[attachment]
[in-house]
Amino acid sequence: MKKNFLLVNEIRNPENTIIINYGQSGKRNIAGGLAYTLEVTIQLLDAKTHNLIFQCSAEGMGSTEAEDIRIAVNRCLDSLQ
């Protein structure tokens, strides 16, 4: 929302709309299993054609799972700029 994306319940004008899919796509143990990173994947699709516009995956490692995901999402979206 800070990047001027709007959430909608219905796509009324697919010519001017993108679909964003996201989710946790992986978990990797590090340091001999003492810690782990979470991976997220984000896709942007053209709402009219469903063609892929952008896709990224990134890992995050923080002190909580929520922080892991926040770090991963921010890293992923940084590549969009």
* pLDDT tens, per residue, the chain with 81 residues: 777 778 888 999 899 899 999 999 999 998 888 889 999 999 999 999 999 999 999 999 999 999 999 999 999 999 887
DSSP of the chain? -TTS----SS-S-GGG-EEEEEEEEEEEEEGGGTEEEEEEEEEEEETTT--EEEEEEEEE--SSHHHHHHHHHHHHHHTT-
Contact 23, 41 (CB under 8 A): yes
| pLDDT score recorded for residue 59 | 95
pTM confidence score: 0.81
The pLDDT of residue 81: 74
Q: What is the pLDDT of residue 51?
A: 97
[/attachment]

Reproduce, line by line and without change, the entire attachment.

[in-house]
Amino acid sequence: MKKNFLLVNEIRNPENTIIINYGQSGKRNIAGGLAYTLEVTIQLLDAKTHNLIFQCSAEGMGSTEAEDIRIAVNRCLDSLQ
């Protein structure tokens, strides 16, 4: 929302709309299993054609799972700029 994306319940004008899919796509143990990173994947699709516009995956490692995901999402979206 800070990047001027709007959430909608219905796509009324697919010519001017993108679909964003996201989710946790992986978990990797590090340091001999003492810690782990979470991976997220984000896709942007053209709402009219469903063609892929952008896709990224990134890992995050923080002190909580929520922080892991926040770090991963921010890293992923940084590549969009």
* pLDDT tens, per residue, the chain with 81 residues: 777 778 888 999 899 899 999 999 999 998 888 889 999 999 999 999 999 999 999 999 999 999 999 999 999 999 887
DSSP of the chain? -TTS----SS-S-GGG-EEEEEEEEEEEEEGGGTEEEEEEEEEEEETTT--EEEEEEEEE--SSHHHHHHHHHHHHHHTT-
Contact 23, 41 (CB under 8 A): yes
| pLDDT score recorded for residue 59 | 95
pTM confidence score: 0.81
The pLDDT of residue 81: 74
Q: What is the pLDDT of residue 51?
A: 97